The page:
Sebastian-Gaspar challenges the IJ's denial of his applications for asylum, withholding, and CAT protection. For each form of relief, Sebastian-Gaspar bore the burden of proving his eligibility. See Bi Qing Zheng v. Lynch, 819 F.3d 287, 294–95 (6th Cir. 2016).

To qualify for asylum, Sebastian-Gaspar must show that he “suffered actual past persecution” or has “a well-founded fear of future persecution.” Pilica v. Ashcroft, 388 F.3d 941, 950 (6th Cir. 2004). Sebastian-Gaspar's fear of future persecution is well-founded if it is both “subjectively genuine” and “objectively reasonable.” Stserba v. Holder, 646 F.3d 964, 972 (6th Cir. 2011) (internal quotation marks omitted).

Persecution, both past and future, involves “the infliction of harm or suffering by the government, or persons the government is unwilling or unable to control, to overcome a characteristic of the victim.” Bonilla-Morales v. Holder, 607 F.3d 1132, 1136 (6th Cir. 2010). Here, Sebastian-Gaspar asserts that he has been harmed and will be harmed by gang members, not the government. He therefore must show that he could not in the past, and cannot in the future, “reasonably expect” the government's assistance in controlling the gangs. Juan Antonio v. Barr, 959 F.3d 778, 793 (6th Cir. 2020).

With respect to that showing, the only evidence that Sebastian-Gaspar cites about his own circumstances is that the nearest police station was several miles away. But Sebastian-Gaspar did not testify that he could not reach the station, either by walking or by catching a ride. And nothing in Sebastian-Gaspar's testimony—apart from his conclusory assertions that the police were corrupt and hostile to indigenous persons like himself—shows that, had he gone to the station, the police would have refused to help him.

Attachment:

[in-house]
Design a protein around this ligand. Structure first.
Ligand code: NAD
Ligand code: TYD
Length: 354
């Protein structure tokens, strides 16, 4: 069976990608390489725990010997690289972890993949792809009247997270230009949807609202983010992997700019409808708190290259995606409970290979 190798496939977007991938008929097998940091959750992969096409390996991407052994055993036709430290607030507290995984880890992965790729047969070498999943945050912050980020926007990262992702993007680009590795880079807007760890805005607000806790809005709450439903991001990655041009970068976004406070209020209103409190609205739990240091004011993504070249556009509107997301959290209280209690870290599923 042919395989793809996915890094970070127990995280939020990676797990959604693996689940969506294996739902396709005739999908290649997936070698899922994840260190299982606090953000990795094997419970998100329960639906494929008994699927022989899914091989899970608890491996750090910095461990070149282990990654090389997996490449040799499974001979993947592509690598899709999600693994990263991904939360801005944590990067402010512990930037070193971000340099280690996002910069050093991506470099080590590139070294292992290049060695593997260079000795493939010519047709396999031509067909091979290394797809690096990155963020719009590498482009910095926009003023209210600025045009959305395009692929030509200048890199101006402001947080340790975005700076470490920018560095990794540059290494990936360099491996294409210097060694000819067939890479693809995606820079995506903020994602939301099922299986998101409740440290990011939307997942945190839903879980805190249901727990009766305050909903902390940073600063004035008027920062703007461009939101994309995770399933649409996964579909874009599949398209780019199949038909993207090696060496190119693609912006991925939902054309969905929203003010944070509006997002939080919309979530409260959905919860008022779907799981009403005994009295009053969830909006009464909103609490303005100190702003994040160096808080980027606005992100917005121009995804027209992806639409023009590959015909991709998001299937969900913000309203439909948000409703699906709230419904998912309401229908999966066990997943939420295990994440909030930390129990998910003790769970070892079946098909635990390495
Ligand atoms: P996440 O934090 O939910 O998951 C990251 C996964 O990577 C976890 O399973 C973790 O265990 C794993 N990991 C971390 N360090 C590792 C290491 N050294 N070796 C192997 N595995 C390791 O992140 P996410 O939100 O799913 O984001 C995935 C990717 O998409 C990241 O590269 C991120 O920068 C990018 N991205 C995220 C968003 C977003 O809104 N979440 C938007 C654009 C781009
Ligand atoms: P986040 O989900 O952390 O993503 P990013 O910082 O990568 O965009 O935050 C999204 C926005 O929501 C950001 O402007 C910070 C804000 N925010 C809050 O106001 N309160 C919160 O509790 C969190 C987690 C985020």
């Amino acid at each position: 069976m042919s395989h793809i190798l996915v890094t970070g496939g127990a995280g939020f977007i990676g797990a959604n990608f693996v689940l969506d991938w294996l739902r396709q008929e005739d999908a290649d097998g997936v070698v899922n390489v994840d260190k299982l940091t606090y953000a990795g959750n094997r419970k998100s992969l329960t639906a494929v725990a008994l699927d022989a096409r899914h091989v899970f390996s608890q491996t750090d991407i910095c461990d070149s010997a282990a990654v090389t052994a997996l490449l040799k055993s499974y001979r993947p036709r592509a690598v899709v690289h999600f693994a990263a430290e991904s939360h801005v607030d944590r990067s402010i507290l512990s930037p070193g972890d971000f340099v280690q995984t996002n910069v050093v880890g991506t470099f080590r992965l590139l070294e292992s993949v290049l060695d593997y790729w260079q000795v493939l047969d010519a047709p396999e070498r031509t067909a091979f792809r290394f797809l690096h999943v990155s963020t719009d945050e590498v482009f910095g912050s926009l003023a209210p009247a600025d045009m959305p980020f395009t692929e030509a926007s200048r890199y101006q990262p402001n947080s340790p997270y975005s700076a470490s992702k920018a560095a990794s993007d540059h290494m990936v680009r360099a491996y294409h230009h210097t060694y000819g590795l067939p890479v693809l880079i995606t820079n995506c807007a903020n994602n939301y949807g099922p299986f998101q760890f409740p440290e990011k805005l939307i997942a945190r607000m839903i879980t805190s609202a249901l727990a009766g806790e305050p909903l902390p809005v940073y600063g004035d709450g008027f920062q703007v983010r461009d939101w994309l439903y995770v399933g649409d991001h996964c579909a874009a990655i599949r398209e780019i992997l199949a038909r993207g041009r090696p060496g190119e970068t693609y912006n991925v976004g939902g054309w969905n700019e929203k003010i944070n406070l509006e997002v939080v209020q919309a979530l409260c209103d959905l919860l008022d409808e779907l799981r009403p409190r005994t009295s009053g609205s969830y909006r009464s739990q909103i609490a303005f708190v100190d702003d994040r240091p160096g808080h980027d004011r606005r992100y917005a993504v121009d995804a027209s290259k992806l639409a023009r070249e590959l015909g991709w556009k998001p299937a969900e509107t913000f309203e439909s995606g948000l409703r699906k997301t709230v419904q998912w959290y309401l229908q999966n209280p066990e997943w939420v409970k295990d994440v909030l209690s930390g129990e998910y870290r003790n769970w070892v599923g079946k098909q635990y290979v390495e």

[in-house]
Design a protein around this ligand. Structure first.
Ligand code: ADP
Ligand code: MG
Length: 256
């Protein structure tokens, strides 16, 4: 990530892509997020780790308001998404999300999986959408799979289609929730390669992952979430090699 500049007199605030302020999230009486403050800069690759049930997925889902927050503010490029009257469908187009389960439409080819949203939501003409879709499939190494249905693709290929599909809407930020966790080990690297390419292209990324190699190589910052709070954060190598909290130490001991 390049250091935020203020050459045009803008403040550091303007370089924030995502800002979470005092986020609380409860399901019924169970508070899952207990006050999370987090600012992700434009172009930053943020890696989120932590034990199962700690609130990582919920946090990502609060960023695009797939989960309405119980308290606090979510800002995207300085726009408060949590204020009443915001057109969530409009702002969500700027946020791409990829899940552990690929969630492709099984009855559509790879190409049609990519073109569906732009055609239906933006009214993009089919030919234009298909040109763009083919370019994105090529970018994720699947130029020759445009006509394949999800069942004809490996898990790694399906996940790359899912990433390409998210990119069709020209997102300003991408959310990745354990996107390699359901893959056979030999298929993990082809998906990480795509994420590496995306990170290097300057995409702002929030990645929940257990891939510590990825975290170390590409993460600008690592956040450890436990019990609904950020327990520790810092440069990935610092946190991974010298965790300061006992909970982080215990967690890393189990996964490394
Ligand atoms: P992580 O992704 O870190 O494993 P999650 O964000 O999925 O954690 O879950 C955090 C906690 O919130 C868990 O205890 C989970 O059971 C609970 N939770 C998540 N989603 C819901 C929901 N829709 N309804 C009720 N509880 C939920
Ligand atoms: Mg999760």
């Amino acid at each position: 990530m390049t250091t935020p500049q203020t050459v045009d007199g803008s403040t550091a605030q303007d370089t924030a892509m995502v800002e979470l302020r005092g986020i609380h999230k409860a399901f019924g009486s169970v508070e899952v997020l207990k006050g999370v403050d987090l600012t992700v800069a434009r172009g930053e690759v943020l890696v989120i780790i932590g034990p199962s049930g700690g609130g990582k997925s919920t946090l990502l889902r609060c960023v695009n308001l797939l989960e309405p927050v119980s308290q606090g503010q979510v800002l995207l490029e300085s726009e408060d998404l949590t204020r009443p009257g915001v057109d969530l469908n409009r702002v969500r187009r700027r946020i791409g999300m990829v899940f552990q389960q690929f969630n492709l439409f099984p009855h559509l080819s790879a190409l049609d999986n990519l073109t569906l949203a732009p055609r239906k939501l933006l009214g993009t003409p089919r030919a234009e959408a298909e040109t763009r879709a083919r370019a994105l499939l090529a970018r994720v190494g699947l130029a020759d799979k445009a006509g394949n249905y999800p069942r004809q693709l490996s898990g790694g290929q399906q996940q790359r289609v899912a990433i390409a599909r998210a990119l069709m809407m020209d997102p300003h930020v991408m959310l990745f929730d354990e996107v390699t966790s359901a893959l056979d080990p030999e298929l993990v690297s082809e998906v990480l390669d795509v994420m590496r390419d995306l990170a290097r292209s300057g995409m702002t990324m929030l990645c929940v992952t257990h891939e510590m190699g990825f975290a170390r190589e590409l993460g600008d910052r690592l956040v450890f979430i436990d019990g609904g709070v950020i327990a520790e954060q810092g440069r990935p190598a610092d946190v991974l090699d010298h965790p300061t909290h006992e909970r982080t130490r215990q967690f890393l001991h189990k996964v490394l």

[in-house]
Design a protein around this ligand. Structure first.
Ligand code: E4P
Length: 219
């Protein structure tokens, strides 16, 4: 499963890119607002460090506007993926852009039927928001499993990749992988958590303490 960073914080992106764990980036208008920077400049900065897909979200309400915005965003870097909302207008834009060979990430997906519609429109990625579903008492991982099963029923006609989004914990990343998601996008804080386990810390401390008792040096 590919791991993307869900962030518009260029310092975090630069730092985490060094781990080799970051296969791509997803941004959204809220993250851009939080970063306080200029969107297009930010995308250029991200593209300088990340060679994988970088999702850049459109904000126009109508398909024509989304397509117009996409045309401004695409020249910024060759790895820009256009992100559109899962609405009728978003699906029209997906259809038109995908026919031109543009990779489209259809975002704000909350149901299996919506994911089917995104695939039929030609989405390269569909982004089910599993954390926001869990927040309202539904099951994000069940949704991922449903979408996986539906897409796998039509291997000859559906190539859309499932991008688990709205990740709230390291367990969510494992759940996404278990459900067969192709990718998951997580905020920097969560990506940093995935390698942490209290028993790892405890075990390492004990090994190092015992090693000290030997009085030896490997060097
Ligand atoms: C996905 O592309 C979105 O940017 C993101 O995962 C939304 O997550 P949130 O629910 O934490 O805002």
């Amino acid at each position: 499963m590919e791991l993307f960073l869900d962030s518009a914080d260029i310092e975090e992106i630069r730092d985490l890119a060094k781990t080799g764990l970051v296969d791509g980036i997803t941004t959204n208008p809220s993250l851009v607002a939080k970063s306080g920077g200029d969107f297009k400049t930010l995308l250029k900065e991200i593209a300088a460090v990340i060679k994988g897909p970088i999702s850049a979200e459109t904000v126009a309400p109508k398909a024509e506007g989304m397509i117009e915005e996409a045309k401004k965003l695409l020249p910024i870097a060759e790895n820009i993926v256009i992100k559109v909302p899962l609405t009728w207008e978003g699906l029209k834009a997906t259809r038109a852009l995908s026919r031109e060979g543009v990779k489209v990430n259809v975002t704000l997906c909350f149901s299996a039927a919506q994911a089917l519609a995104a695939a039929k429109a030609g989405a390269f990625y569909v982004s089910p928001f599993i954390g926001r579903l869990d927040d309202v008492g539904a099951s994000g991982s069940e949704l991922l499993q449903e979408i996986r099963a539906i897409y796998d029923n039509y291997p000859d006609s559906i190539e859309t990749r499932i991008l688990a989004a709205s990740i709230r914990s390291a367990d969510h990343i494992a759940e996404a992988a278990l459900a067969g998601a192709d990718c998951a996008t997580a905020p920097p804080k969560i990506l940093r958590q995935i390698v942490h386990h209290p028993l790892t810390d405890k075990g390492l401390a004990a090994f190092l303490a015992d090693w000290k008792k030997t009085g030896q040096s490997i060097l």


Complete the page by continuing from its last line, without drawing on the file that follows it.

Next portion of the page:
Sebastian-Gaspar also submitted to the IJ two reports and several articles about general conditions in Guatemala. The reports show that Guatemala has launched a campaign against gang violence, established anti-gang groups within its police force, and set up special courts to adjudicate certain gang cases. Although one report suggests that police have failed to control the gangs in some parts of Guatemala, Sebastian-Gaspar never testified that the police had lost control over gang violence in his area. Indeed, he did not testify about any specific instance of gang violence against anyone else there.